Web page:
Entrepreneurship has been somewhat of a buzz word for some time now in business, facilitated mostly through the likes of business-focused shows such as the Apprentice and Dragons Den!
But what does entrepreneurship mean for business, and do you have to be an entrepreneur to be successful in business generally?
One of the youngest renowned entrepreneurs in the UK Stuart Maitland, who is calving himself a strong business empire, as well as creating his own brand profile as a young business leader through delivering mentoring via the Young Enterprise Europe Network, and through presentations at business events throughout the UK.
Stuart was originally born in Glasgow, Scotland, before moving to London at the age of 18 to peruse his destiny in business and entrepreneurship.
Since then he has launched successful property business ‘The Maitland Group’ and has met an array of leading business guru’s including Peter Jones, Duncan Bannatyne, Levi Roots and Charlie Mullins who he takes inspiration from to develop his own opportunities.
What motivated you to get into the world of business?
Looking back to my childhood, I think I’ve always had an ambition to own something and be my own boss.
Even when I was a junior chef, peeling and chopping vegetables for some of Scotland’s top chefs, I was still thinking about business and working my way up to be the best I could…
In my opinion anyone can make a success of themselves; it just takes hard work, blood, sweat, teams, determination and passion.
Who inspires you?
For me, my driver was seeing other successful people living a nice life and I wanted some of that too, so I changed my full career to try and get there.
No matter how well I think I’m doing in business, I can always find inspiration from other leading entrepreneurs, such as – Donal Trump - Peter Jones – Levi Roots – Duncan Bannatyne – Glenn Armstrong – Charlie Mullins.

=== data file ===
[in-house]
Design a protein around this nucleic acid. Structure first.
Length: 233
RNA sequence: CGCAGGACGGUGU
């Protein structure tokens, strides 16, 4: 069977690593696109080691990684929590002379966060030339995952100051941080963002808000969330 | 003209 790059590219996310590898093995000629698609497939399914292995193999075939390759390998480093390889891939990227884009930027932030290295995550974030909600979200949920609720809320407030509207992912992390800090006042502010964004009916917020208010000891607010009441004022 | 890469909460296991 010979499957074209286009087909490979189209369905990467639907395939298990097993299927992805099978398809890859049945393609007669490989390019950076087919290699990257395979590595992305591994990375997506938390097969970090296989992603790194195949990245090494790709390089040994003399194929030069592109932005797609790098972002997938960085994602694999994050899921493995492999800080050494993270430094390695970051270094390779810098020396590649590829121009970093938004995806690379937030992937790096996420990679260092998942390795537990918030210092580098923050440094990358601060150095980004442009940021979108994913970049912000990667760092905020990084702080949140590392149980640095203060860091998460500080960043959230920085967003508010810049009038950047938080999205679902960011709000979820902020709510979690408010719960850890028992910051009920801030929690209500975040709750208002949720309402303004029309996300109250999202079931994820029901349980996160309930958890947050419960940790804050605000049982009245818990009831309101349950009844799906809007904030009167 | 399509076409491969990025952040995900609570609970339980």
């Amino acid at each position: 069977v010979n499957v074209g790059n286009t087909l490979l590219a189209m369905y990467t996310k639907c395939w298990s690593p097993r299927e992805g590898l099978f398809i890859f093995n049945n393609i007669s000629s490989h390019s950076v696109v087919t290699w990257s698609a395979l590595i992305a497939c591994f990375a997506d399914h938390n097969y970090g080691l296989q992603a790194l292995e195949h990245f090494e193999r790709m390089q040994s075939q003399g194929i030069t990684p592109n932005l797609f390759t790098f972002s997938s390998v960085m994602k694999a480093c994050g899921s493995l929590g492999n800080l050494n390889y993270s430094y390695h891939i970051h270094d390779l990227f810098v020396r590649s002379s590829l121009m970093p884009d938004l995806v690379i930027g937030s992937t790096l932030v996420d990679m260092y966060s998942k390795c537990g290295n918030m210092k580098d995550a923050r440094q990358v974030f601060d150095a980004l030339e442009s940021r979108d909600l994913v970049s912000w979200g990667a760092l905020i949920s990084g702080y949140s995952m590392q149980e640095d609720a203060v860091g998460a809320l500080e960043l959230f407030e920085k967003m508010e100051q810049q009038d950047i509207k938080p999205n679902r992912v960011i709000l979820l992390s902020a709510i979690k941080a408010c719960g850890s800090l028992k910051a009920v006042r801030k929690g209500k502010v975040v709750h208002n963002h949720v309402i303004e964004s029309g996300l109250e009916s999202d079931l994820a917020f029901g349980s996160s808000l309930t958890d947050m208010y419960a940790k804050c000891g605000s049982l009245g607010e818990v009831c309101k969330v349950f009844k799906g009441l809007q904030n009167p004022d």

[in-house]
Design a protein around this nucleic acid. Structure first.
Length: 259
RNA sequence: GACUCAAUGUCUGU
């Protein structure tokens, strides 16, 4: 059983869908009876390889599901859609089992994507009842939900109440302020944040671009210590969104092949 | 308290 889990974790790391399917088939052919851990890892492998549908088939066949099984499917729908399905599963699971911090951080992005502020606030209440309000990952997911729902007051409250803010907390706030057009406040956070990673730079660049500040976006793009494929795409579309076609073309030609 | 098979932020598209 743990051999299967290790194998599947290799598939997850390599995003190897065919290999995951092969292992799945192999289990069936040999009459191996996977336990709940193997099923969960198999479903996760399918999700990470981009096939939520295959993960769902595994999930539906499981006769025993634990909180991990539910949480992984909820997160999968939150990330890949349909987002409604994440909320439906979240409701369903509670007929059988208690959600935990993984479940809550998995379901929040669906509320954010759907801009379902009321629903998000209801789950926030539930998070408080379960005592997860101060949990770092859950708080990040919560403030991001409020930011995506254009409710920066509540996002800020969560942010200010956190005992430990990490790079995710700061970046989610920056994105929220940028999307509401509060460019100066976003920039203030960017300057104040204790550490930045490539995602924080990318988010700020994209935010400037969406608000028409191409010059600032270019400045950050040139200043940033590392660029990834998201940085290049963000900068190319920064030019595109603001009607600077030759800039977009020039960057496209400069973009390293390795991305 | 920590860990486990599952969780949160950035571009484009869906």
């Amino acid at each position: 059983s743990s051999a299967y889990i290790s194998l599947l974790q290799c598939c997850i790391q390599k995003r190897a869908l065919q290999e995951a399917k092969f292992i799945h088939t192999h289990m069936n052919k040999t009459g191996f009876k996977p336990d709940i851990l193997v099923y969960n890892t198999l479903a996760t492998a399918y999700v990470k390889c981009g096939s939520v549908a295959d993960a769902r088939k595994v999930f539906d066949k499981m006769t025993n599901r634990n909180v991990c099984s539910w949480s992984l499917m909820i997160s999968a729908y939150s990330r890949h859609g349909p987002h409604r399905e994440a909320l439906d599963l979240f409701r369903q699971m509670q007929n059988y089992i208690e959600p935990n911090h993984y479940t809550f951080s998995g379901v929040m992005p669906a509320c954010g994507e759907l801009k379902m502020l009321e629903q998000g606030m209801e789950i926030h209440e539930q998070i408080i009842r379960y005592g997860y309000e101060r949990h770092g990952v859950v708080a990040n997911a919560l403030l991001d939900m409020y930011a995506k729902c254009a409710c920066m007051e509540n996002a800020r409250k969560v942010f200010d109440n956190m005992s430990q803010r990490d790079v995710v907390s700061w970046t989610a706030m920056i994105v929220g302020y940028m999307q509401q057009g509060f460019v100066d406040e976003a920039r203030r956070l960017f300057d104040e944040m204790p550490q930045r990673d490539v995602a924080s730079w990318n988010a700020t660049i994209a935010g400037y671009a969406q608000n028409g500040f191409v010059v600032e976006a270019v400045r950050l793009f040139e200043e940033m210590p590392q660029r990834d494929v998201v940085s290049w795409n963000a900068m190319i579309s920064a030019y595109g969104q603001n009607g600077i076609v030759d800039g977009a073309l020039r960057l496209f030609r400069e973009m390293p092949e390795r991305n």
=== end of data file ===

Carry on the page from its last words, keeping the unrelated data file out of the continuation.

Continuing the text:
These successful business people are my role models and give me the passion and drive to become as or even more successful than they are!
My motto is “Surround yourself with the people you aspire to be like, then you will be successful as they will be pushing you all the time.”
What do you know now that you wish you could tell yourself when you were just starting out?
Business really is a roller-coaster ride!
One lesson I would share with myself is patience; when I was 18, I needed everything immediately, as I have matured, I’ve also learned the importance of not rushing and remembering that sometimes, good things come to those who wait.
I was only very young when I first started my incredible journey, but part of that meant that I had to grow up fast and learn as I went.
One aspect of my character I am credited on frequently is my willingness to listen and learn – to contacts, tutors and business peers – and for me, that’s a great characteristic I hope I never lose!
How do you measure success?
This is a tough question. All entrepreneurs are probably different and will measure success differently..
For me, success will be when I have built multi-million pound businesses and come to the position where I can donate large sums of money to good causes and charities that I am personally passionate about and make a difference.
Then I will call myself a true success.
What do you enjoy most about what you do?
Everything. I take great pride and love of everything I do and I think that’s the only way to be when you lead a business.
I enjoy making money, I enjoy inspiring others and I love the people I meet on a daily basis.
Business in my eyes is the best job in the world, if you do it right, but at the same time it can be the worst if you go into it with your eyes closed. That’s why you should have a mentor to guide you on your journey until you are in a position to go it alone and make serious progress and serious money and have a good business.
What is your approach to effective networking?
For me it’s about the right connections in the room; being based in London means that I have access to attend some high profile events where I know the best entrepreneurs will be.
Networking isn’t just about a one-way sales channel – it’s also about learning and meeting peers that you can inspire to be - Learn from the best and you will become the best.